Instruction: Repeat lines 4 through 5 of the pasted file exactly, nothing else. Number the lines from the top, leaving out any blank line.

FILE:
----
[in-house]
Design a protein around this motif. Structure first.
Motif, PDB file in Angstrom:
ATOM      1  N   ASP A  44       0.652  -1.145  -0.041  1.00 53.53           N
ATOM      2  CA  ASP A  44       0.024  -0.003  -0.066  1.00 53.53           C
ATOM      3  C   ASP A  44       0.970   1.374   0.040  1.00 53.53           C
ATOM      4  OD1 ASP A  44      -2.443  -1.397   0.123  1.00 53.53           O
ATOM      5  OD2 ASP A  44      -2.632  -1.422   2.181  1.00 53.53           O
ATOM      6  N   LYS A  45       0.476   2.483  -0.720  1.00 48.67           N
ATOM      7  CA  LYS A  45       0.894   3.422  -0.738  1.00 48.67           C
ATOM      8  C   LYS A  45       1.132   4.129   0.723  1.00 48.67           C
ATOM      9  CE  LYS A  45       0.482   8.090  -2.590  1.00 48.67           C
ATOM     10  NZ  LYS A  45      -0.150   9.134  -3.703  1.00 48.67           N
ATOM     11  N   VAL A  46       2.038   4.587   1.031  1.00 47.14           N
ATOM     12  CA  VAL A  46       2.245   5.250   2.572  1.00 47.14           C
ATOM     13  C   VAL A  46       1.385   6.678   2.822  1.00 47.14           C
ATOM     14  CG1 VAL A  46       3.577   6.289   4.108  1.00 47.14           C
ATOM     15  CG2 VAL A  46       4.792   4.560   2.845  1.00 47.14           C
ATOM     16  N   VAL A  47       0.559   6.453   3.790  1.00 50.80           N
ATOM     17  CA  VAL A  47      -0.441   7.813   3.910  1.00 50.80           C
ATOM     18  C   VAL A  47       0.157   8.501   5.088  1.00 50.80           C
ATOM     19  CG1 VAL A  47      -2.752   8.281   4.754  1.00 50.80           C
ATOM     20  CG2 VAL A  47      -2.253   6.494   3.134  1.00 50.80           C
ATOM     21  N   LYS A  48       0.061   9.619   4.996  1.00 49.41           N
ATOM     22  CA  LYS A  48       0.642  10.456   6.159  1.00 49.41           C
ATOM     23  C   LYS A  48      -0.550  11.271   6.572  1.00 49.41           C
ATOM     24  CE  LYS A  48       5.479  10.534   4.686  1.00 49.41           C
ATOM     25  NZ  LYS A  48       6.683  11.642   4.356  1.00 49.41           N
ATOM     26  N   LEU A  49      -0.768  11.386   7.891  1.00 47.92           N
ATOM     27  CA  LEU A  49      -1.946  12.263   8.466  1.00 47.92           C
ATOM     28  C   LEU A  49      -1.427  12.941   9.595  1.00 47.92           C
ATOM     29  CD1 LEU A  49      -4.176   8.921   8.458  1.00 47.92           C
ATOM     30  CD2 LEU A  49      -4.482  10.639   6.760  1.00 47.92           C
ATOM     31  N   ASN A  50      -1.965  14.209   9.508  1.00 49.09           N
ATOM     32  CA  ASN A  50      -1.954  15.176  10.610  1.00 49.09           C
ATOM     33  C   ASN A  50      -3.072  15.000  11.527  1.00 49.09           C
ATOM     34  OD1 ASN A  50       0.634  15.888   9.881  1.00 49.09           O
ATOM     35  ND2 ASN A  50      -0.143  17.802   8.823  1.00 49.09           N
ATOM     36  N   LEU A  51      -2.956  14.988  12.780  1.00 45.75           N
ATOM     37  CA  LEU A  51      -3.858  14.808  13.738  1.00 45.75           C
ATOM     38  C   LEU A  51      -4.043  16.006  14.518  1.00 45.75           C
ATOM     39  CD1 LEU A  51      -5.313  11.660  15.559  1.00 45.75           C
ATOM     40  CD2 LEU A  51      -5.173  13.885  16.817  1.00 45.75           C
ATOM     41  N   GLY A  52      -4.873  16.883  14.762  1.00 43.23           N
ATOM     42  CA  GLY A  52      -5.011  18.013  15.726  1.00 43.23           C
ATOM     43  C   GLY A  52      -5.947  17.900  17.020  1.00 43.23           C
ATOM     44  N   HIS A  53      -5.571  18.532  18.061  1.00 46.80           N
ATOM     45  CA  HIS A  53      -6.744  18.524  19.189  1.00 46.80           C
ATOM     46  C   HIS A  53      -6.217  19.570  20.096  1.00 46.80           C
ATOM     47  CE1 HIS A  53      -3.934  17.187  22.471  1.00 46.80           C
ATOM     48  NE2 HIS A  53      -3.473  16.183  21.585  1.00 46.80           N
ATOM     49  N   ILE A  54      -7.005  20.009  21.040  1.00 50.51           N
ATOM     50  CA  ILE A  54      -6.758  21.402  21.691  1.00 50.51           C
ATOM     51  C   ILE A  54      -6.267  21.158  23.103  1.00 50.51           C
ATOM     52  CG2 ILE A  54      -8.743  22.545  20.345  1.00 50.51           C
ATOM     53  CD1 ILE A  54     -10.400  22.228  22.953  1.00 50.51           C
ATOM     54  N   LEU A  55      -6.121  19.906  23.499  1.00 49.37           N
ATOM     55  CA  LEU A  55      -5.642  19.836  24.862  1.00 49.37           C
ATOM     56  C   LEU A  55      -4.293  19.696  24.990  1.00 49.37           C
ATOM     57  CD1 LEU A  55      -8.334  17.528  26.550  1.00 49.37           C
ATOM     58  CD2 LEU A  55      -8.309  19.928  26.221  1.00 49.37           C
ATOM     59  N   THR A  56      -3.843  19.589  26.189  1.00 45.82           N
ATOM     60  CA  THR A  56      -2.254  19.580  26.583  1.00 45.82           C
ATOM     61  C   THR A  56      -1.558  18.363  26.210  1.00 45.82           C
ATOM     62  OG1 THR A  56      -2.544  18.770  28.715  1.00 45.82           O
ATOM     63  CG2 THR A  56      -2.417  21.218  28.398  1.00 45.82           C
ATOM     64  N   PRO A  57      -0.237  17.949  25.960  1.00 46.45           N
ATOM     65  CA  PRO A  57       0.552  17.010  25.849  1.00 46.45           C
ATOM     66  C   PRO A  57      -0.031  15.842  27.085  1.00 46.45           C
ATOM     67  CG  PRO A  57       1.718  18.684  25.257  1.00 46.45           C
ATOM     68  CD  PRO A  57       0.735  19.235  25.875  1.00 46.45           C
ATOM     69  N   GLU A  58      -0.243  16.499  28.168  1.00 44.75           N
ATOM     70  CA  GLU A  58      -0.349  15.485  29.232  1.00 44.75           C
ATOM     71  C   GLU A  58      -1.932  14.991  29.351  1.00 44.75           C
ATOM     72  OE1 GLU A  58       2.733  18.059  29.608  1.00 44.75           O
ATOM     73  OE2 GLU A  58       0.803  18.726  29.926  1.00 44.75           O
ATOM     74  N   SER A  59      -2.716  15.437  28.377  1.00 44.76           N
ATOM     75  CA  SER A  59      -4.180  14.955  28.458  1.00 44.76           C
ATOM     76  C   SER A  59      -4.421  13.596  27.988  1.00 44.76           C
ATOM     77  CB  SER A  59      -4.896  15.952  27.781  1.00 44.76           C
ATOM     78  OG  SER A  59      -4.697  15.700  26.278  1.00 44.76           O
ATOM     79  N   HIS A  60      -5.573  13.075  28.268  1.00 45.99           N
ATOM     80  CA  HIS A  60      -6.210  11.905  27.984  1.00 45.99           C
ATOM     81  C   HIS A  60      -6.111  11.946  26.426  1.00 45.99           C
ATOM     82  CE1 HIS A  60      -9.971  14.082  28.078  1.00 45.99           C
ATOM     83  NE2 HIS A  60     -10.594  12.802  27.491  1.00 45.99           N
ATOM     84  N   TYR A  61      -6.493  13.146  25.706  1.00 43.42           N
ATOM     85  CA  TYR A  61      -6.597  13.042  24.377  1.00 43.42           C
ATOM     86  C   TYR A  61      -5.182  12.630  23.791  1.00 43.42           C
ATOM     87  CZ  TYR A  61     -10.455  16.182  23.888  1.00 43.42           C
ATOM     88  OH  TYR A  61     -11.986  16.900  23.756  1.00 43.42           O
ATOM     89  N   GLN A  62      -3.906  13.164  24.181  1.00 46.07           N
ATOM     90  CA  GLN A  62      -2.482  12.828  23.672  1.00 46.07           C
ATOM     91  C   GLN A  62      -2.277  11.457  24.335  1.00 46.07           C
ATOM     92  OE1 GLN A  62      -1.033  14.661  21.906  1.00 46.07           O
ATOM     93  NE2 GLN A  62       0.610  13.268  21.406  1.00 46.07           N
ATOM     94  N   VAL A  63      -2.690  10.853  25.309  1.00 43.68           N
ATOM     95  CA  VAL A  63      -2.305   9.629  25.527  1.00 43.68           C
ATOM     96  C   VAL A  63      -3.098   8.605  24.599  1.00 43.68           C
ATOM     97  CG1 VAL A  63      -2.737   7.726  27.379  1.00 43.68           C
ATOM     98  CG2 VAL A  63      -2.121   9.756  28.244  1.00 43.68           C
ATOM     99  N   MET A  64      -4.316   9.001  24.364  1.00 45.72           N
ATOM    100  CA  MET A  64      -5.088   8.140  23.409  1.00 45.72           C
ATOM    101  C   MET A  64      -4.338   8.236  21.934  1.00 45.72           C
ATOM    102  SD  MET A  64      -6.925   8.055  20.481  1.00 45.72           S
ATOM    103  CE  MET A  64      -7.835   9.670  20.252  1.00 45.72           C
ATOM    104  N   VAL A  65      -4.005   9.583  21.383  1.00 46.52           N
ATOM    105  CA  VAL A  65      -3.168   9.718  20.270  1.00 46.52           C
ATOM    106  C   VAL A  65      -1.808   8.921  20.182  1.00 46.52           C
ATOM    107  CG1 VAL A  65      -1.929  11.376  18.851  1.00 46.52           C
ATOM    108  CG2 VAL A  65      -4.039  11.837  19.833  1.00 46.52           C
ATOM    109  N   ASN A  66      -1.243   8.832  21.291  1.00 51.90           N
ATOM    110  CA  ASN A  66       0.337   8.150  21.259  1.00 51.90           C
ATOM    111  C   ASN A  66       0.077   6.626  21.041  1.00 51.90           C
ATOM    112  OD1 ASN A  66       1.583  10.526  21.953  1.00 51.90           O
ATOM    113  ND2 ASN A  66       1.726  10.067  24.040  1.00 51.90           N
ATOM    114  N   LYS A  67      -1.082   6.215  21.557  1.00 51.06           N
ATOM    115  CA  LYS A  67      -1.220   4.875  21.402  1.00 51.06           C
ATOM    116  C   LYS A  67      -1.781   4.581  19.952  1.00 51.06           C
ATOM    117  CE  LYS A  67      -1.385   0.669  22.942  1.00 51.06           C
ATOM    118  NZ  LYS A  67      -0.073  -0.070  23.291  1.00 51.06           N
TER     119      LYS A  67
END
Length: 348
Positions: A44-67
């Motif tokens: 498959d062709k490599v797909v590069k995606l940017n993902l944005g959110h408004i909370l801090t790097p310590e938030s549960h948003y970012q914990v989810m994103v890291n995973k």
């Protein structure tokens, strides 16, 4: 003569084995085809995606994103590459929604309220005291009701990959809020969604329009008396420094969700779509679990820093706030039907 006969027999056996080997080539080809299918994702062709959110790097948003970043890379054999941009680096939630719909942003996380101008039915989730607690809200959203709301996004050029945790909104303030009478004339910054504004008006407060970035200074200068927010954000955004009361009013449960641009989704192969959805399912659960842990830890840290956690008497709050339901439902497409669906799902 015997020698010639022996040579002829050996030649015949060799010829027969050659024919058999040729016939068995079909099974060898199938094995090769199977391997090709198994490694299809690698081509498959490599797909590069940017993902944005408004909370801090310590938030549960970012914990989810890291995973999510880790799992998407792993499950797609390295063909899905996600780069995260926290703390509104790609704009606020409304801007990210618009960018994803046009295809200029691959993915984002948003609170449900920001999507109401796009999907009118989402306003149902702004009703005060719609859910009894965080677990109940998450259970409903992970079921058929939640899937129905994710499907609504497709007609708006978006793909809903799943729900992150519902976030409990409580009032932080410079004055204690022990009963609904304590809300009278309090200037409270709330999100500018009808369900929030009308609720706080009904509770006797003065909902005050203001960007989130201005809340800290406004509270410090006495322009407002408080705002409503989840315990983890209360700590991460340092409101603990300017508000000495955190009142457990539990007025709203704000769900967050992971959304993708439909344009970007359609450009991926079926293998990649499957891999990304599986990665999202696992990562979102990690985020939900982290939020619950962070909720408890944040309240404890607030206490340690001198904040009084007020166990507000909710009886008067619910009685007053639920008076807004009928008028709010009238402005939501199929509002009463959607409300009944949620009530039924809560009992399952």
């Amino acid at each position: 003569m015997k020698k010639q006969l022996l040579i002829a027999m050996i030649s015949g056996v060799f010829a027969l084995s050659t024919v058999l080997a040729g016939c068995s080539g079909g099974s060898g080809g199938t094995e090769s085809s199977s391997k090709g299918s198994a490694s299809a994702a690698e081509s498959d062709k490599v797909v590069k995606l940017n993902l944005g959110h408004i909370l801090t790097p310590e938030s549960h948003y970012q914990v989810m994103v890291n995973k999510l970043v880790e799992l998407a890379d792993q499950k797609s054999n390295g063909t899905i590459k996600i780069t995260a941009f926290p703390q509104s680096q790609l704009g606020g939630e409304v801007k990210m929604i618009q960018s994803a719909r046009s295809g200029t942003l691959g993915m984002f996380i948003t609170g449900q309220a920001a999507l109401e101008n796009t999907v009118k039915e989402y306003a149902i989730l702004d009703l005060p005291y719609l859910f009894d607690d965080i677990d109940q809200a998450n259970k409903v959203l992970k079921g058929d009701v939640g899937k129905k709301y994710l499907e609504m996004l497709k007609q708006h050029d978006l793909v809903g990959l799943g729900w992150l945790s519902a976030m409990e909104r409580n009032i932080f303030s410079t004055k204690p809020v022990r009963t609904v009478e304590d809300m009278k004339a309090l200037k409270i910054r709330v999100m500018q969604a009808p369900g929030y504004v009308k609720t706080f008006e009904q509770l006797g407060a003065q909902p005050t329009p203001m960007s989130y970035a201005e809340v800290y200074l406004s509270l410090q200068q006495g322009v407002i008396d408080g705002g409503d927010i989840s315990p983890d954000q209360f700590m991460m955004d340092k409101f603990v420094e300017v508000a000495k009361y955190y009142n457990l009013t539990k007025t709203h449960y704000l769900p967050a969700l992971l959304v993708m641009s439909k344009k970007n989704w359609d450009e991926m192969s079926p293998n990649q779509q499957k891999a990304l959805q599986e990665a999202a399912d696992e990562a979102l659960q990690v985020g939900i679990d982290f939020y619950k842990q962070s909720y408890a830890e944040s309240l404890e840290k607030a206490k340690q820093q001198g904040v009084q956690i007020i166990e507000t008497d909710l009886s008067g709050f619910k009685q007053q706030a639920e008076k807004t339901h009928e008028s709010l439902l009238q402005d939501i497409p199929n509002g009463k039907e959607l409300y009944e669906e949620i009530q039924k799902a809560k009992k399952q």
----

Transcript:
ATOM      1  N   ASP A  44       0.652  -1.145  -0.041  1.00 53.53           N
ATOM      2  CA  ASP A  44       0.024  -0.003  -0.066  1.00 53.53           C